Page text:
November 8, 2022, York, AL. Today, I got up early and readied my bags and bike for the short jaunt to the Amtrak station. After saying “Au Revoir” to Karen and M.A., I hit the street. About 2/3 of the way to the station, my front tire went flat. Knowing I had only a mile to go and stopping to pump it up or fix it there might make me late for baggage check in, I walked Papa H to the station. Once there, I got checked-in but asked the clerk for 15 minutes to fix the flat. I found a beer bottle arrowhead embedded in the tire. At least it was easy to see and extract. I booted the tire where the glass came through and put my last new tube in. Had it ready with time to spare. I’ll need that time today as I don’t get into Meridian until 1:30 and then I have at least a three hour ride to York AL where I’m overnighting. Sunset is now just shy of 5 pm and it’s dark by 5:30.

The train was a bit late getting into Meridian, and by the time I retrieved the bike and loaded it up, it was almost 2. All I had known of Meridian before this trip was that it was the catch-line in the song Red Dirt Girl by Emmylou Harris. I learned from Amy (from the Po Boy Festival) that it was also the hometown of Jimmie Rodgers, “The Father of Country Music.” I went to his museum, but it was closed. Oh, well. There’s a clip of him below. Meridian was also famous for a trial in its federal courthouse:

On June 16, 1964, Michael Schwerner, who along with Andrew Goodman and James Chaney had come to rural Neshoba County community of Longdale to inspect a black church that had been burned to the ground, were killed. Their bodies were discovered 45 days later buried in an earthen dam.

On October 7, 1967 in the Meridian courtroom of Judge William Cox the trial began. A jury of seven white men and five white women, ranging in ages from 34 to 67, was selected. On the morning of October 20, 1967, the jury returned with its verdict. Seven defendants, mostly from Lauderdale County, were convicted.

    Seven men, mostly from Neshoba County, were acquitted.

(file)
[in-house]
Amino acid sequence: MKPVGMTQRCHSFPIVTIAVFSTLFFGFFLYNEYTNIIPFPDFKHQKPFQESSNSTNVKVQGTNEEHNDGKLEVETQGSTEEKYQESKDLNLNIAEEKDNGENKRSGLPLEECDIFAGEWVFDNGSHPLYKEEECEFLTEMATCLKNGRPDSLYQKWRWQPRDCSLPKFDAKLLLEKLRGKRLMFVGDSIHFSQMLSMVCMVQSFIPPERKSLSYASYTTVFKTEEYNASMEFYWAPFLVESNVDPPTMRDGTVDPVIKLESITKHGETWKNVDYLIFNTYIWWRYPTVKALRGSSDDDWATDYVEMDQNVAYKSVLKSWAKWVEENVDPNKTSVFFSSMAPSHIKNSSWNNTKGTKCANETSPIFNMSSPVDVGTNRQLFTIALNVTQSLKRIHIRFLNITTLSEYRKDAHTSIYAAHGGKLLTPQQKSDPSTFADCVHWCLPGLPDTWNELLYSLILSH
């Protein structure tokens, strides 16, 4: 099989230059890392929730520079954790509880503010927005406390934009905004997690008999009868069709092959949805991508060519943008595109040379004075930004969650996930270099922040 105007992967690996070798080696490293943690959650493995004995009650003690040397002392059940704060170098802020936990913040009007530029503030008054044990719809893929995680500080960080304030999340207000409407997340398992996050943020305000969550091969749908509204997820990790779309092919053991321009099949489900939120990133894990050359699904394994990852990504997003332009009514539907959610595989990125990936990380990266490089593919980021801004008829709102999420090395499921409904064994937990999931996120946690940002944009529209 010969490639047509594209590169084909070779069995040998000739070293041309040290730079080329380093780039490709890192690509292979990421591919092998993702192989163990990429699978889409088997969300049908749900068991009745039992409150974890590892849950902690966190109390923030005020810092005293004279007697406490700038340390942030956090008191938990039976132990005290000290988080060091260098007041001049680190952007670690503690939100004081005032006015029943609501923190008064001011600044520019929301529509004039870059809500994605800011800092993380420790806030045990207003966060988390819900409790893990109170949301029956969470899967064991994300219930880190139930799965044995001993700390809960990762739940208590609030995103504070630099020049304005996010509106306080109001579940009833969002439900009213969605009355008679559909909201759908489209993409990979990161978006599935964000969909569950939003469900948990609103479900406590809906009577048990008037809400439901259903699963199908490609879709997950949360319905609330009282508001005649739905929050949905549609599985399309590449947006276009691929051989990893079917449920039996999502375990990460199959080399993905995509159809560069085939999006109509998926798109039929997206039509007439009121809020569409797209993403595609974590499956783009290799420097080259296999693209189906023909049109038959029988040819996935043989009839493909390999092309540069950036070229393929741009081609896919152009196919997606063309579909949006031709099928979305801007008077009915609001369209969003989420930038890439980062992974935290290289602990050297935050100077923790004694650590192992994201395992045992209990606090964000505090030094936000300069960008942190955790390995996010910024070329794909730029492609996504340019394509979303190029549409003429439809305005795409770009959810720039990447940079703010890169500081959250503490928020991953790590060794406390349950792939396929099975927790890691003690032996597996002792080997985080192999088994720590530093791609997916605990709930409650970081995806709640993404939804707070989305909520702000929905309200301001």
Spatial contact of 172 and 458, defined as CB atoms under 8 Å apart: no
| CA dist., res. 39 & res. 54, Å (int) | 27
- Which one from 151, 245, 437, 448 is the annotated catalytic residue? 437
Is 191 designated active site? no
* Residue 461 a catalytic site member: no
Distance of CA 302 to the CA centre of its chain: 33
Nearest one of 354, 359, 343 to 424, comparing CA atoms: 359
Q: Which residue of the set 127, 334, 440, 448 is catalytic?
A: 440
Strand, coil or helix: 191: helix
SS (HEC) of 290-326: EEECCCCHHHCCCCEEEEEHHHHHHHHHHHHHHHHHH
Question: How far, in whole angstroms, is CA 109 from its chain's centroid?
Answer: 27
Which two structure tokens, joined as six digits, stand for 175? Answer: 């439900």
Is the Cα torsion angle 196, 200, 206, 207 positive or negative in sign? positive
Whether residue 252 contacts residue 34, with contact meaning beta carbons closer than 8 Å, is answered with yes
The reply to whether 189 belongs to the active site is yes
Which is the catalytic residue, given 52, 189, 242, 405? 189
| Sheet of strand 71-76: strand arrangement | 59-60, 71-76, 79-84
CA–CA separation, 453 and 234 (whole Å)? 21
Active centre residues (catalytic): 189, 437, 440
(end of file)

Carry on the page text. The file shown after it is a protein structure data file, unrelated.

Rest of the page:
The Meridian Star

The courthouse was closed in 2012 as a cost-saving measure, so I didn’t get there either.

Just as well. I needed to get on the road. I followed US 80/US 11 from Meridian to the Alabama border and on to York. It wasn’t a pleasant ride as there was a shoulder but it was made almost useless by foot-wide rumble strip that was placed in the middle of the two foot wide shoulder. I was at times able to do the shoulder dance and stay between the rumbles and the road or the rumbles and the grass (six inches if I was lucky), but it wasn’t always possible. Fortunately, the traffic was pretty light except for a number of logging trucks. My newly in-use mirror was very helpful in deciding if I needed to move off the road depending on oncoming traffic and what was coming from behind.

And, I knew exactly when I hit Alabama, even without seeing the sign. The shoulders widened significantly, and though they still had the rumble strip, there was enough room on either side of it to ride without having to concentrate so hard.

I stayed at the only motel in York, an “America’s Best.” (hint: it isn’t). It was the only option on the route from Meridian to Birmingham that wasn’t twenty miles out of the way and the best way to split the trip into three parts, and get in by dark. It all worked out. Not much in York to speak of, but there are a few pics below. Tomorrow, it’s on to Tuscaloosa.

Jimmie Rodgers